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HOME  > Past issues  > 2014 January 29 - February 4  > Abe Cabinet to teach in schools gov’t stance on Senkaku and Takeshima
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2014 January 29 - February 4 [EDUCATION]

Abe Cabinet to teach in schools gov’t stance on Senkaku and Takeshima

January 29, 2014
The Education Ministry on January 28 announced its decision to stress in classrooms the Japanese government’s claim to the Senkaku and Takeshima islands which are disputed territories whose resolution demands diplomatic dialogues in a calm manner.

The ministry’s current educational guidelines state that public schools need to “touch on differences in claims over the Takeshima Islands between Japan and South Korea and help students deepen their understanding of our nation’s claim to its territories”.

In the revised guidelines it proposes, the ministry is attempting to require schools to “properly refer to the protests Japan repeatedly lodges against South Korea regarding the Takeshima Islands and help students deepen their understanding of our nation’s claim to its territories”.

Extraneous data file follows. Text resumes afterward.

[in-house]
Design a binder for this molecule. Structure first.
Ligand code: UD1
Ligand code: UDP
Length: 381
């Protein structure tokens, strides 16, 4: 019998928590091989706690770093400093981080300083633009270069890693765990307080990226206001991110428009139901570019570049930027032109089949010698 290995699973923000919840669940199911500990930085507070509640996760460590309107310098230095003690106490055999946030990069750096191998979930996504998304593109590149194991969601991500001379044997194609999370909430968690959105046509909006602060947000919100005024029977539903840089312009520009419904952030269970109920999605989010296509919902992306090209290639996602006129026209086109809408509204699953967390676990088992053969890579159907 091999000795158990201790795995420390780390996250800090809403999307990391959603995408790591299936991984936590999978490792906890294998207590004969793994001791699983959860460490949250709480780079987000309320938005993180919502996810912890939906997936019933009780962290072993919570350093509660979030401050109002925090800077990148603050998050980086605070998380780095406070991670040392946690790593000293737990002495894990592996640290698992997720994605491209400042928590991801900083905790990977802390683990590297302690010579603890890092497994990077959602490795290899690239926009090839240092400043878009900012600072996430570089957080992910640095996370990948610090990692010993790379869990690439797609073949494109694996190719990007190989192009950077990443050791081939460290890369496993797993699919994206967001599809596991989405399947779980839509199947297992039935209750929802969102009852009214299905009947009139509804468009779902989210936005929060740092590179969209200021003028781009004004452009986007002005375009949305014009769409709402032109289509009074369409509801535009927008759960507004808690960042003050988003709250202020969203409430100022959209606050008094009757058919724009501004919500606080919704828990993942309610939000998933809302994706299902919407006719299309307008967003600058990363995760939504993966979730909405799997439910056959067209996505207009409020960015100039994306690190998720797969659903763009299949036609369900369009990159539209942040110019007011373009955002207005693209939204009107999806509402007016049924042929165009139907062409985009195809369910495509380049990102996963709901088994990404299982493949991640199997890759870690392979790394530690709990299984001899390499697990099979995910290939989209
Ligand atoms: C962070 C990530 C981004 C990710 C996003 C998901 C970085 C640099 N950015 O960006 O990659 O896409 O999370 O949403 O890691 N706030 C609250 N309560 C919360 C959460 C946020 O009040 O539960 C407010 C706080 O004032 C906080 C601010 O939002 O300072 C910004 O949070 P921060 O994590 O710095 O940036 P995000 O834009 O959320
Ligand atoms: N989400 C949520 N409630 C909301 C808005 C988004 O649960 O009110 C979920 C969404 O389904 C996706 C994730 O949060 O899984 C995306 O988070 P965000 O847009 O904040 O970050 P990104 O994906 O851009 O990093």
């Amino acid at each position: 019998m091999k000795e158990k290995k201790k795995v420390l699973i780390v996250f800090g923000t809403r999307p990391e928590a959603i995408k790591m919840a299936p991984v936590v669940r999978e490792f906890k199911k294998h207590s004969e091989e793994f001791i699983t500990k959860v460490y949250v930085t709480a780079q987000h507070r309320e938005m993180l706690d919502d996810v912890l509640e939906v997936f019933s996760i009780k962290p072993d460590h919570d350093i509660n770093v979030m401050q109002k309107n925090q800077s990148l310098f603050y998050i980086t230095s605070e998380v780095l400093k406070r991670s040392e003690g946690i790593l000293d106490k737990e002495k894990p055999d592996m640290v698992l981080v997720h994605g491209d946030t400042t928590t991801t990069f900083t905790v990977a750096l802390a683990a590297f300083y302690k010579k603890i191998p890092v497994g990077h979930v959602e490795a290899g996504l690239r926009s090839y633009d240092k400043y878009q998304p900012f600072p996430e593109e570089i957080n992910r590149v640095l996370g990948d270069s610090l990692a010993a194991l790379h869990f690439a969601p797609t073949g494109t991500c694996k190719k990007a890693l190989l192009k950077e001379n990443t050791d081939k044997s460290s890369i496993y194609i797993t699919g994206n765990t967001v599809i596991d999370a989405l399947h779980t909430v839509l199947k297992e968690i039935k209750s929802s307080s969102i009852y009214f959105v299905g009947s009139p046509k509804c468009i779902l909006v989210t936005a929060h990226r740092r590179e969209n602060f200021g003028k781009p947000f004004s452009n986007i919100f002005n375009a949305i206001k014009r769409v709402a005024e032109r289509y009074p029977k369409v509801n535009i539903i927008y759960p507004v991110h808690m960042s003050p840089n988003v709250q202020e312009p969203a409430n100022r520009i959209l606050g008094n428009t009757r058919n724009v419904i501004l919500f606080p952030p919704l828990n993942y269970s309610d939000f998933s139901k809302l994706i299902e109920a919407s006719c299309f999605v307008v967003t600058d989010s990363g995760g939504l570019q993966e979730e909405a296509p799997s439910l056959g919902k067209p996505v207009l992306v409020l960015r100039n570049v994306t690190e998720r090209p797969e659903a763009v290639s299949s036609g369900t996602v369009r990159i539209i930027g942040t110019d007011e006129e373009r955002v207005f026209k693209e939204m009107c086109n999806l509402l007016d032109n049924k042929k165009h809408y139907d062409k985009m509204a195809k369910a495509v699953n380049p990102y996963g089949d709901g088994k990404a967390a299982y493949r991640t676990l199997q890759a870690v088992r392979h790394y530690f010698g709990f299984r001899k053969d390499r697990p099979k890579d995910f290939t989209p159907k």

Although Japan has historical grounds to claim its sovereignty over the Takeshima Islands, the dispute needs to be solved through rational talks by taking into account that the islets were incorporated into Japan in 1905 when Japan was in the process of imposing colonial rule on Korea, and Korea’s diplomatic rights were being taken away.

The ministry for the first time proposes to include the Senkaku Islands in its educational guidelines. The revised version states, “There is no territorial dispute that needs to be resolved” over the islets since they belong irrefutably to Japan, the position maintained by successive Japanese governments.

This position has long prevented the Japanese government from proactively demonstrating its legitimate possession of the Senkakus in bilateral and multilateral talks.

To place stress on government policies in classrooms leads to subordinating education to politics, which should not take place in a democratic society. The proposed revision of the educational guidelines shows the Abe Cabinet’s intention to strengthen its control of education.
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